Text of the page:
“Oh.” The little boy’s shoulders slumped and with a wistful look down the hall, he turned and went back to his toys.
Ty ran a hand through his freshly washed hair and watched the kid’s retreating back. Beyond the plain white walls, clear skies and balmy breezes had combined to make a perfect day on Florida’s east coast. Why, then, wasn’t the boy outside learning to ride a two-wheeler instead of cooped up in this office breathing stale recycled air? He shrugged, and with a final wave at the kid, moved farther down the hall.
Sarah Magarity’s name hung outside a workspace slightly larger than the rest. Flowers perfumed her empty office, and he bent over pink blossoms whose fragrance reminded him of tropical islands and swaying palm fronds. He inhaled, appreciating the change from the odors of horse and cow, hay and sweat that usually filled his days. He glanced around, hoping to get a better sense of the woman who’d insisted on the meeting, but she didn’t keep photographs on her desk. Rolling his hat brim through his hands, he settled onto a vacant chair and tried without success to block out the incessant ringing of telephones.
At last, he glanced into the corridor in time to catch sight of a slender foot wearing an open-toed shoe. The footwear was completely impractical, but it was pretty, and as its owner appeared in the doorway, his gaze rose past elegant ankles and trim calves to a loose-fitting business suit that effectively camouflaged womanly curves. He stood, extending a hand as he let his gaze wander Sarah Magarity’s face. The hazel eyes that met his filled with unexpected emotion when her warm hand pressed into his grasp.
She swallowed visibly. “Mr. Parker, I know we didn’t part under the best of circumstances last time, but I appreciate your coming in today. Please, take a seat.”
“Most folks call me Ty.” He remained on his feet until she was settled behind her desk.
“And I’m Sarah.” She smiled one of those vague smiles people give when their thoughts are somewhere else.
Still wondering why she had demanded his presence, Ty waited while she opened a blue-edged folder and flipped through several official-looking documents.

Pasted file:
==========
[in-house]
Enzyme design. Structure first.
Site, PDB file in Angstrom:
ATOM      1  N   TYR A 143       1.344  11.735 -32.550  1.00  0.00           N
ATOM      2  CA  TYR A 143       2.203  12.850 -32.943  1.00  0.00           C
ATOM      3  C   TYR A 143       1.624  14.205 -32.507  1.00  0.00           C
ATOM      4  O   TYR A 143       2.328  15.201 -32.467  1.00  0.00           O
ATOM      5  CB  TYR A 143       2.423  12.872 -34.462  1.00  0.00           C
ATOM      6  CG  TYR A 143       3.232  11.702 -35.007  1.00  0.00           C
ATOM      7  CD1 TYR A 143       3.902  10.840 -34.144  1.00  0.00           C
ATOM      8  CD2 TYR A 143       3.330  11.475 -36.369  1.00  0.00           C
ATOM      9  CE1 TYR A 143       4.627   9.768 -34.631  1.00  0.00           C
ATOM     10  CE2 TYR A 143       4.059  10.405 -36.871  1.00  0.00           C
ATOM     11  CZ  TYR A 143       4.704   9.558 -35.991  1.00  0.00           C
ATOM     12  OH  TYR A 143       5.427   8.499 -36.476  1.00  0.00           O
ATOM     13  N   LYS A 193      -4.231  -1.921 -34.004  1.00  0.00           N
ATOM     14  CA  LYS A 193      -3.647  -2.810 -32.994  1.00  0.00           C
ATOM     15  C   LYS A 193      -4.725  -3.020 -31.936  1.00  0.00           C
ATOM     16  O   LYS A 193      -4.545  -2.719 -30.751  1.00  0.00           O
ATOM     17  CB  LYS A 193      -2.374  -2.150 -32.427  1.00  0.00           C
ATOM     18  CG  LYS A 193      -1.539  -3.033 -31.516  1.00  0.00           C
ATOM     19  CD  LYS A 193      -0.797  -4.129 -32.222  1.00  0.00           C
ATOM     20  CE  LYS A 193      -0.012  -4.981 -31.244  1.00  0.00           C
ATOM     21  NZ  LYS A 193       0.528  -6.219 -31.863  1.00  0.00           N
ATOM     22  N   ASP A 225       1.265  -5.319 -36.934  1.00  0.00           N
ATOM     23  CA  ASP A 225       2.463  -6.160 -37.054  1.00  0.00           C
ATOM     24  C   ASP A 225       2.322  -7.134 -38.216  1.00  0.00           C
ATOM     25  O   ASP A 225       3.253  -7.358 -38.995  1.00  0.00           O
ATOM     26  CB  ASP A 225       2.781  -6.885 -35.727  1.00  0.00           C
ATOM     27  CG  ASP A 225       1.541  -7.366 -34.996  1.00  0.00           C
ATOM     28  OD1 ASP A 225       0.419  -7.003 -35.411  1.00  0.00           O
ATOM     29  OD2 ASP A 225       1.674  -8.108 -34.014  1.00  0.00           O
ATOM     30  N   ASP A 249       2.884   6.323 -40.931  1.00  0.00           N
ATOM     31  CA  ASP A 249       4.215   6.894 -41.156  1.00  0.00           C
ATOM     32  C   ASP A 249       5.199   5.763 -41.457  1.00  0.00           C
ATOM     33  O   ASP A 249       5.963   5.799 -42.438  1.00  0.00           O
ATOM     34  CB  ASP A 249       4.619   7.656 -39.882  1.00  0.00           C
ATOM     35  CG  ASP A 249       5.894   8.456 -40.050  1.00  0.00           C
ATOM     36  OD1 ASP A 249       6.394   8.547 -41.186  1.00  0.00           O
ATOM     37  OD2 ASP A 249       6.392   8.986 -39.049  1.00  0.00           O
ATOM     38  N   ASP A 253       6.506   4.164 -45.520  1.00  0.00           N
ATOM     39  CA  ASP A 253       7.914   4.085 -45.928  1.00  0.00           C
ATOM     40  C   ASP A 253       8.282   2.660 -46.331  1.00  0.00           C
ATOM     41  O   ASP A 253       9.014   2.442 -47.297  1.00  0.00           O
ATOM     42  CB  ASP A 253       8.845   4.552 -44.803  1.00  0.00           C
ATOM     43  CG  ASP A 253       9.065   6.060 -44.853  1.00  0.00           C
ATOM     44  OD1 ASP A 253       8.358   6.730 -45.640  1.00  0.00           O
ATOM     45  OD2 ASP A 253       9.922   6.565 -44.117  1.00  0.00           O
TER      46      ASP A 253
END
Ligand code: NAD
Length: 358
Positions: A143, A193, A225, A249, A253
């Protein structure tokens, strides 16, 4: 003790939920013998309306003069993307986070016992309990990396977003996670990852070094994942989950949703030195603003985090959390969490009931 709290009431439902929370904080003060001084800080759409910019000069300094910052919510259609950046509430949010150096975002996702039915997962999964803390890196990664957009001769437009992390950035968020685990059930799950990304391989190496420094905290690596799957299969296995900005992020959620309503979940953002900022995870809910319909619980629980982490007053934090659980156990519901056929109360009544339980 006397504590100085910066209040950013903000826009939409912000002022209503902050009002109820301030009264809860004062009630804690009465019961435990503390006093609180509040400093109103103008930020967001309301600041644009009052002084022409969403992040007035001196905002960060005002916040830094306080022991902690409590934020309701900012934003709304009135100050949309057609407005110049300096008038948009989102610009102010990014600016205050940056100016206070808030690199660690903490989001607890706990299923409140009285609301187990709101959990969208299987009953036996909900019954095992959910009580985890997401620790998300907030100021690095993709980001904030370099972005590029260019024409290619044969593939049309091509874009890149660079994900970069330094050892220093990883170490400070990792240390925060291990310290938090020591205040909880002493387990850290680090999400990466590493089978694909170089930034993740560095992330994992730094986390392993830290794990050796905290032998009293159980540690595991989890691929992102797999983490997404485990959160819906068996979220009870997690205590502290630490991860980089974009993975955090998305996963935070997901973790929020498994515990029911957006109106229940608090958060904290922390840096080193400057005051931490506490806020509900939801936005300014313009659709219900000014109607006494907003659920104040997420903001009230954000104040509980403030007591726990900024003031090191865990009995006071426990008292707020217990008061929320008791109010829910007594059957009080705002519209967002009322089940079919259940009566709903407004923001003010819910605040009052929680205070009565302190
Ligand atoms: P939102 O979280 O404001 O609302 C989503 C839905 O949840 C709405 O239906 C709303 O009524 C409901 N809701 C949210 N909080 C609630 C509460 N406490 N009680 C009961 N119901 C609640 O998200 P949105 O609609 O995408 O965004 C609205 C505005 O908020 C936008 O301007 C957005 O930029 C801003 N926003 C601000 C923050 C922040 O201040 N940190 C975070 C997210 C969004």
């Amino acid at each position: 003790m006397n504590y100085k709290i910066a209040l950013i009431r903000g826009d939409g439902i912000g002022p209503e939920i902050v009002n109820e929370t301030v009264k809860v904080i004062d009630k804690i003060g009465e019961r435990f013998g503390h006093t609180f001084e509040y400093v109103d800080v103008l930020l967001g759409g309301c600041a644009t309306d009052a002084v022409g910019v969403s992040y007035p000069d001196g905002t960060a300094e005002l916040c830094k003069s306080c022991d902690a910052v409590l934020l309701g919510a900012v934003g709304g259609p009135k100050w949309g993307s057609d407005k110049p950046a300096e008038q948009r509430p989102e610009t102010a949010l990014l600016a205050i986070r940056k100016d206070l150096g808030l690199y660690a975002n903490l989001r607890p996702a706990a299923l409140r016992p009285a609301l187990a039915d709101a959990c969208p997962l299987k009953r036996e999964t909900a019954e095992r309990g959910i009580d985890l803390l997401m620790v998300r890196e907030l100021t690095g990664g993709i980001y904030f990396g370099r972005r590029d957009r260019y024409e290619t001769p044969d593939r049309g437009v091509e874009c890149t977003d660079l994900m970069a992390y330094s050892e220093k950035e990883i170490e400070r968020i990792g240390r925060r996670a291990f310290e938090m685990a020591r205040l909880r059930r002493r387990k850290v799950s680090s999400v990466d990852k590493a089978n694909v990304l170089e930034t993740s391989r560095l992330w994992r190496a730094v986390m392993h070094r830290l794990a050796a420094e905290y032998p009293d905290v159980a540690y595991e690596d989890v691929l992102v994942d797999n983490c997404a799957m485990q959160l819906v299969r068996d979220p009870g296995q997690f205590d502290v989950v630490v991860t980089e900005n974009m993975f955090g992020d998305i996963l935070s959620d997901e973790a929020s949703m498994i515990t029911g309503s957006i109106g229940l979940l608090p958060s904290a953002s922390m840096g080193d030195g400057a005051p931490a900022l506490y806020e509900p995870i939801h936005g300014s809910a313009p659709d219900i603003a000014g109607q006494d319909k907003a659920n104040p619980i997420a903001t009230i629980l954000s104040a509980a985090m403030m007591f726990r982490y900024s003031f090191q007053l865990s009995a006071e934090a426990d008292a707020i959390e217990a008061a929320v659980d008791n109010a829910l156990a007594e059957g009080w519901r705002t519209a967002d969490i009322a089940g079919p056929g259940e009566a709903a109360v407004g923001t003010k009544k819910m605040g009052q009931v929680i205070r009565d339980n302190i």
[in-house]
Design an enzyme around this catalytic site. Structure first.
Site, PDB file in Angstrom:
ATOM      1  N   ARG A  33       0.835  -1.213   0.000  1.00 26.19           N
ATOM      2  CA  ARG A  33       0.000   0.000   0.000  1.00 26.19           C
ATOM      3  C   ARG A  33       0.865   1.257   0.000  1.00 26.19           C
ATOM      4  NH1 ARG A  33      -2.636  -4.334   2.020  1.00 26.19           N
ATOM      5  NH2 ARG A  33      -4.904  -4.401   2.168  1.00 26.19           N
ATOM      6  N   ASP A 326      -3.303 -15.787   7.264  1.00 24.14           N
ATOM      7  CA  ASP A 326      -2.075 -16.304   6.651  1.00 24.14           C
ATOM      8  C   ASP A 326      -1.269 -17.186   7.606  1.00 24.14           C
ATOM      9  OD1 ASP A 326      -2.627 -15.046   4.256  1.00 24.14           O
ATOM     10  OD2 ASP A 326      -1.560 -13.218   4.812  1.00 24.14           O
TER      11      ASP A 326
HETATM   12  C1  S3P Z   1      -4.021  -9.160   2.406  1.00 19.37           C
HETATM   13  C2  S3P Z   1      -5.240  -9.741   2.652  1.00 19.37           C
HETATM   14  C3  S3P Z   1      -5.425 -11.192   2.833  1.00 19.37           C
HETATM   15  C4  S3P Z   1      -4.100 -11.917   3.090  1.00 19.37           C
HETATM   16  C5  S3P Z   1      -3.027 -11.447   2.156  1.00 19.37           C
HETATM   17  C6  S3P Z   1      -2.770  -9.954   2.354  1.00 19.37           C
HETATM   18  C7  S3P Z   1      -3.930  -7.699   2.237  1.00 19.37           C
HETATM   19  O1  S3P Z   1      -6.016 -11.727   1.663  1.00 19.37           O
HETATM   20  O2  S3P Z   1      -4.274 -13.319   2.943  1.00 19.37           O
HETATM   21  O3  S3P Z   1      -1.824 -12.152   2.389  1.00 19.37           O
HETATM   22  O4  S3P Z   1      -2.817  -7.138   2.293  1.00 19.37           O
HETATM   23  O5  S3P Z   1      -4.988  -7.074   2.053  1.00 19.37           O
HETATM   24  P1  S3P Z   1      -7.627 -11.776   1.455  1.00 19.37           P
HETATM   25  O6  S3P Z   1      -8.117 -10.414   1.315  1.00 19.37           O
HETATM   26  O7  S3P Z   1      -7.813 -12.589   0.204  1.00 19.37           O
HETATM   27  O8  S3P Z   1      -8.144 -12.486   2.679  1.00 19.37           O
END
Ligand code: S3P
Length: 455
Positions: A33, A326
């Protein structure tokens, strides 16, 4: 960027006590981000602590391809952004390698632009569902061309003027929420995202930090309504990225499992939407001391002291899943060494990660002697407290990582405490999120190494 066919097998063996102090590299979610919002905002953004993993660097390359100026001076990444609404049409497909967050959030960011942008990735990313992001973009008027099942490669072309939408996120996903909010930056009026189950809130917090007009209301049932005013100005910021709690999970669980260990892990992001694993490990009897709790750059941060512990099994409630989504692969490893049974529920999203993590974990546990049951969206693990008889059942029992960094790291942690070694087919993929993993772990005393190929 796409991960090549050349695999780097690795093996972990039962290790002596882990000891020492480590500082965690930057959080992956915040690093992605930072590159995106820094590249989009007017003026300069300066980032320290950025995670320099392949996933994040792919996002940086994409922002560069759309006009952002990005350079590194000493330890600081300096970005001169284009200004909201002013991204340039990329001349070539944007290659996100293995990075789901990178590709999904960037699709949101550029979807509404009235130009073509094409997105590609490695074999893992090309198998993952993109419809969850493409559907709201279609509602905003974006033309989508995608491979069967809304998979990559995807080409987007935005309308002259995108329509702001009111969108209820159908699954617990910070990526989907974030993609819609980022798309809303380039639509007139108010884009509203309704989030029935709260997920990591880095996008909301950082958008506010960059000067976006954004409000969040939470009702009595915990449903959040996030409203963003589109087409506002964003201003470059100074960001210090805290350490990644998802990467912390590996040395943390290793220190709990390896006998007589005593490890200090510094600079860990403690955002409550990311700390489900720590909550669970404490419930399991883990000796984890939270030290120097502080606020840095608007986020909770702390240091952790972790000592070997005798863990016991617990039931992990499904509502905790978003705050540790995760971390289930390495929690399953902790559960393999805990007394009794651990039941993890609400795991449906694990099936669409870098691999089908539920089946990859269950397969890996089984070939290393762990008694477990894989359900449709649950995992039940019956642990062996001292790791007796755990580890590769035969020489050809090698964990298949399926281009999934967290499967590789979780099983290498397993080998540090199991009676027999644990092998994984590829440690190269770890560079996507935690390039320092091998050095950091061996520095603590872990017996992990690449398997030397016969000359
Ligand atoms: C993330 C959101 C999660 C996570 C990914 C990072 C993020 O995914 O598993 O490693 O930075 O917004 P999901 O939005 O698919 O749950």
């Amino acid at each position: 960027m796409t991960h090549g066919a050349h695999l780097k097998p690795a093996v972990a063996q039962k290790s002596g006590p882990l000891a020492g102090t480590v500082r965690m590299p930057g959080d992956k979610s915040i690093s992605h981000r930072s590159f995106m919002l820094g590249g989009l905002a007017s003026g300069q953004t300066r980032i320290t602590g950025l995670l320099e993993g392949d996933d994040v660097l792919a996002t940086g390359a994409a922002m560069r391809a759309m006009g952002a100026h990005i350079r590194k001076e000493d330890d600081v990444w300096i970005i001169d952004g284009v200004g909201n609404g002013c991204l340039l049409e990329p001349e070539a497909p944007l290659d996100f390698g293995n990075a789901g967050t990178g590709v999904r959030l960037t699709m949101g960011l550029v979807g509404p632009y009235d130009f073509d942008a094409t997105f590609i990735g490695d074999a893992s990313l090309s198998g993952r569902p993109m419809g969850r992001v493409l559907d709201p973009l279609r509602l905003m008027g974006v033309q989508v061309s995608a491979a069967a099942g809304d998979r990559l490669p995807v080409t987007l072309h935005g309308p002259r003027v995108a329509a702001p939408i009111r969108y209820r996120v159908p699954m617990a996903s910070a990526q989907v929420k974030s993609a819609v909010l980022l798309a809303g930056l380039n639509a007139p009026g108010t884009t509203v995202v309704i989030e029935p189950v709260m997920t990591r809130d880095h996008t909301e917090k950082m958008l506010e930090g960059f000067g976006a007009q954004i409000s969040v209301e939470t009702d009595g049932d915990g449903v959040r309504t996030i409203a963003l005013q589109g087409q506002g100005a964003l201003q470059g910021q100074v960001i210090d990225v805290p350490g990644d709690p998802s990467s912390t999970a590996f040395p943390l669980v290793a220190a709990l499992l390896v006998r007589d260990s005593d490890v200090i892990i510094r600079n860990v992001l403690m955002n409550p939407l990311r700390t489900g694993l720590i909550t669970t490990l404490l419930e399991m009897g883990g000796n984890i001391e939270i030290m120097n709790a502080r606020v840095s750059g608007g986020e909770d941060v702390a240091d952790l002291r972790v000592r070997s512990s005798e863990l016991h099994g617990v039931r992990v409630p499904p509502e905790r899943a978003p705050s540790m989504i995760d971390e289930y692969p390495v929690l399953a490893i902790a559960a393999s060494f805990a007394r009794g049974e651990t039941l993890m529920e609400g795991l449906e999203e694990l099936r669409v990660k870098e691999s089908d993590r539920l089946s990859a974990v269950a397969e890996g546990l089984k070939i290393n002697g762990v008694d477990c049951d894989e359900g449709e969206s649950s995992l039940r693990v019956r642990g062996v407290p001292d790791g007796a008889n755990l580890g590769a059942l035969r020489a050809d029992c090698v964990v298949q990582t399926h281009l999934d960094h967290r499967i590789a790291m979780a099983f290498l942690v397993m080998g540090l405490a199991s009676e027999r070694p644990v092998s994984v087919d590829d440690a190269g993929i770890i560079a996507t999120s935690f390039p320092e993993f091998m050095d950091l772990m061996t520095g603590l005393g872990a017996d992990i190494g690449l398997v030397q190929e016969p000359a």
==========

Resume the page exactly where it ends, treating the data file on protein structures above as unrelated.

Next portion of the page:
“Mr. Parker—Ty,” she said, looking up from the papers. “You were married to Millicent Gage, weren’t you?”
“Millie?” Ty frowned. As far as expected topics of conversation went, his ex-wife was pretty far down on the list. He hadn’t seen the woman in nearly six years, hadn’t given her more than an occasional thought in the past two or three. He met Sarah’s eyes. The concern he read there made him uneasy enough that he shifted in his chair.
“Ty,” she said softly. “I’m afraid I have some sad news.”
Sarah paused long enough for his mind to form a hundred different questions. Across from him, she drew in a breath so deep it made her chest swell.
“I’m very sorry to have to tell you that your ex-wife, Millicent, passed away a few months ago.”
Ty shook his head, trying to wrap his thoughts around the idea that the woman who’d been his childhood sweetheart was gone.
“How? Where?” he managed to ask.
“In New York. Apparently, she was mugged.”
Nodding to himself, Ty absorbed this piece of news. Millie’s hunger for more than a quiet life on the Circle P had driven them apart. He’d always hoped that she’d found someone else. Someone who would give her a brick house in the city, like the one she’d wanted him to buy. He brushed his hand over his face. Moisture had gathered in his eyes. He wiped it away and sighed.
Rising, he began, “Ms. Magarity…”
“Sarah, please,” she interrupted.
He tried again. “Sarah. If that’s why you called me here, you could have delivered that news over the phone and saved both of us some trouble.”
“No, I couldn’t.”
“Why not? Millie walked out of my life a long time ago. I’m sorry she passed on, but it doesn’t make sense that I’d have to come here so you could tell me about it.”
He shook his head, cursing his foolishness for even considering that Sarah Magarity might be interested in him. Whatever he’d been thinking about her, he’d been wrong. The woman was so argumentative, she couldn’t even deliver the news about his ex-wife without disagreeing with him.
Behind her desk, Sarah stood. Her soft features hardened. “Aren’t you even going to ask about your son?” she demanded harshly.
“My… What?” Ty’s knees bent. His backside hit the chair again, this time hard enough to hurt.